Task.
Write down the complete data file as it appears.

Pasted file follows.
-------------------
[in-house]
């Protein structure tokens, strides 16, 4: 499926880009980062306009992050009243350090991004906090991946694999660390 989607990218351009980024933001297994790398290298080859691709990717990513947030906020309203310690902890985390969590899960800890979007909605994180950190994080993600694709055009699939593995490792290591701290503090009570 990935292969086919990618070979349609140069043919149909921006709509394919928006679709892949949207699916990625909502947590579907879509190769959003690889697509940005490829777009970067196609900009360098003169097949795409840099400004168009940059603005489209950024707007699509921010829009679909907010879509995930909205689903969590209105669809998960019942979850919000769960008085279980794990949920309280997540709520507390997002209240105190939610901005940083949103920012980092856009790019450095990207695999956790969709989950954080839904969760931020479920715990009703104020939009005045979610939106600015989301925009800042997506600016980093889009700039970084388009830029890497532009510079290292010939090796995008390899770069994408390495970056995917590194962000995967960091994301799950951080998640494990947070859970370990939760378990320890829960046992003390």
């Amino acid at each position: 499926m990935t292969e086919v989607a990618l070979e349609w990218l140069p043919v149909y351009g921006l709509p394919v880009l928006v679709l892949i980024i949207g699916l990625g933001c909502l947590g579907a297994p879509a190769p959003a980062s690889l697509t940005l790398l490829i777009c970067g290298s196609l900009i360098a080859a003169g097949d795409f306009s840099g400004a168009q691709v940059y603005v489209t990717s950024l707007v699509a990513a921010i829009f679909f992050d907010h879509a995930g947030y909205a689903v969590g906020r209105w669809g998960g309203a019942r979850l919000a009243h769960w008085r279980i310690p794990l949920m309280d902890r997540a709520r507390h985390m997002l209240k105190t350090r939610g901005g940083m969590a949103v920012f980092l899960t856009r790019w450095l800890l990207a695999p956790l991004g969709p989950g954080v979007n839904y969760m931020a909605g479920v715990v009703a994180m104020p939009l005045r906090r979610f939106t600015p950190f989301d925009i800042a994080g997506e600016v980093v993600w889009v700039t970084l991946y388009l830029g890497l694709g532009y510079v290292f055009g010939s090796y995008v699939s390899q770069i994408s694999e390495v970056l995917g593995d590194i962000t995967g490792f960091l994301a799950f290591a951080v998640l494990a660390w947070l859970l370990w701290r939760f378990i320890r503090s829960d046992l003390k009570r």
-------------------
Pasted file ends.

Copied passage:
[in-house]
């Protein structure tokens, strides 16, 4: 499926880009980062306009992050009243350090991004906090991946694999660390 989607990218351009980024933001297994790398290298080859691709990717990513947030906020309203310690902890985390969590899960800890979007909605994180950190994080993600694709055009699939593995490792290591701290503090009570 990935292969086919990618070979349609140069043919149909921006709509394919928006679709892949949207699916990625909502947590579907879509190769959003690889697509940005490829777009970067196609900009360098003169097949795409840099400004168009940059603005489209950024707007699509921010829009679909907010879509995930909205689903969590209105669809998960019942979850919000769960008085279980794990949920309280997540709520507390997002209240105190939610901005940083949103920012980092856009790019450095990207695999956790969709989950954080839904969760931020479920715990009703104020939009005045979610939106600015989301925009800042997506600016980093889009700039970084388009830029890497532009510079290292010939090796995008390899770069994408390495970056995917590194962000995967960091994301799950951080998640494990947070859970370990939760378990320890829960046992003390």
């Amino acid at each position: 499926m990935t292969e086919v989607a990618l070979e349609w990218l140069p043919v149909y351009g921006l709509p394919v880009l928006v679709l892949i980024i949207g699916l990625g933001c909502l947590g579907a297994p879509a190769p959003a980062s690889l697509t940005l790398l490829i777009c970067g290298s196609l900009i360098a080859a003169g097949d795409f306009s840099g400004a168009q691709v940059y603005v489209t990717s950024l707007v699509a990513a921010i829009f679909f992050d907010h879509a995930g947030y909205a689903v969590g906020r209105w669809g998960g309203a019942r979850l919000a009243h769960w008085r279980i310690p794990l949920m309280d902890r997540a709520r507390h985390m997002l209240k105190t350090r939610g901005g940083m969590a949103v920012f980092l899960t856009r790019w450095l800890l990207a695999p956790l991004g969709p989950g954080v979007n839904y969760m931020a909605g479920v715990v009703a994180m104020p939009l005045r906090r979610f939106t600015p950190f989301d925009i800042a994080g997506e600016v980093v993600w889009v700039t970084l991946y388009l830029g890497l694709g532009y510079v290292f055009g010939s090796y995008v699939s390899q770069i994408s694999e390495v970056l995917g593995d590194i962000t995967g490792f960091l994301a799950f290591a951080v998640l494990a660390w947070l859970l370990w701290r939760f378990i320890r503090s829960d046992l003390k009570r």